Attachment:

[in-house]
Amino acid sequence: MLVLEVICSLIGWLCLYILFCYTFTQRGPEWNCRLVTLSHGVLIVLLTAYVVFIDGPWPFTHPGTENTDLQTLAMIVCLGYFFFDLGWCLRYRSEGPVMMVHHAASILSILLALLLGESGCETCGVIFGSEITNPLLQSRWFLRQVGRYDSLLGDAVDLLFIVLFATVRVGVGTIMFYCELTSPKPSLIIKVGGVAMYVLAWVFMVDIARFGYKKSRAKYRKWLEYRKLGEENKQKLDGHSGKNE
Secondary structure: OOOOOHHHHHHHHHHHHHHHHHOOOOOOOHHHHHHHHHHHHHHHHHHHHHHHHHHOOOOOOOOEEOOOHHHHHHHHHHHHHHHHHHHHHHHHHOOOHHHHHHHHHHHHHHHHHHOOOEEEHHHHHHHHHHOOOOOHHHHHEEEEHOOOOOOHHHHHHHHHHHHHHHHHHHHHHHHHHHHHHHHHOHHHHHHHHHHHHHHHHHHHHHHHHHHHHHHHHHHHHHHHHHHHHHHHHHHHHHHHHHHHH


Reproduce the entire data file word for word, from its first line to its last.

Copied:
[in-house]
Amino acid sequence: MLVLEVICSLIGWLCLYILFCYTFTQRGPEWNCRLVTLSHGVLIVLLTAYVVFIDGPWPFTHPGTENTDLQTLAMIVCLGYFFFDLGWCLRYRSEGPVMMVHHAASILSILLALLLGESGCETCGVIFGSEITNPLLQSRWFLRQVGRYDSLLGDAVDLLFIVLFATVRVGVGTIMFYCELTSPKPSLIIKVGGVAMYVLAWVFMVDIARFGYKKSRAKYRKWLEYRKLGEENKQKLDGHSGKNE
Secondary structure: OOOOOHHHHHHHHHHHHHHHHHOOOOOOOHHHHHHHHHHHHHHHHHHHHHHHHHHOOOOOOOOEEOOOHHHHHHHHHHHHHHHHHHHHHHHHHOOOHHHHHHHHHHHHHHHHHHOOOEEEHHHHHHHHHHOOOOOHHHHHEEEEHOOOOOOHHHHHHHHHHHHHHHHHHHHHHHHHHHHHHHHHOHHHHHHHHHHHHHHHHHHHHHHHHHHHHHHHHHHHHHHHHHHHHHHHHHHHHHHHHHHHH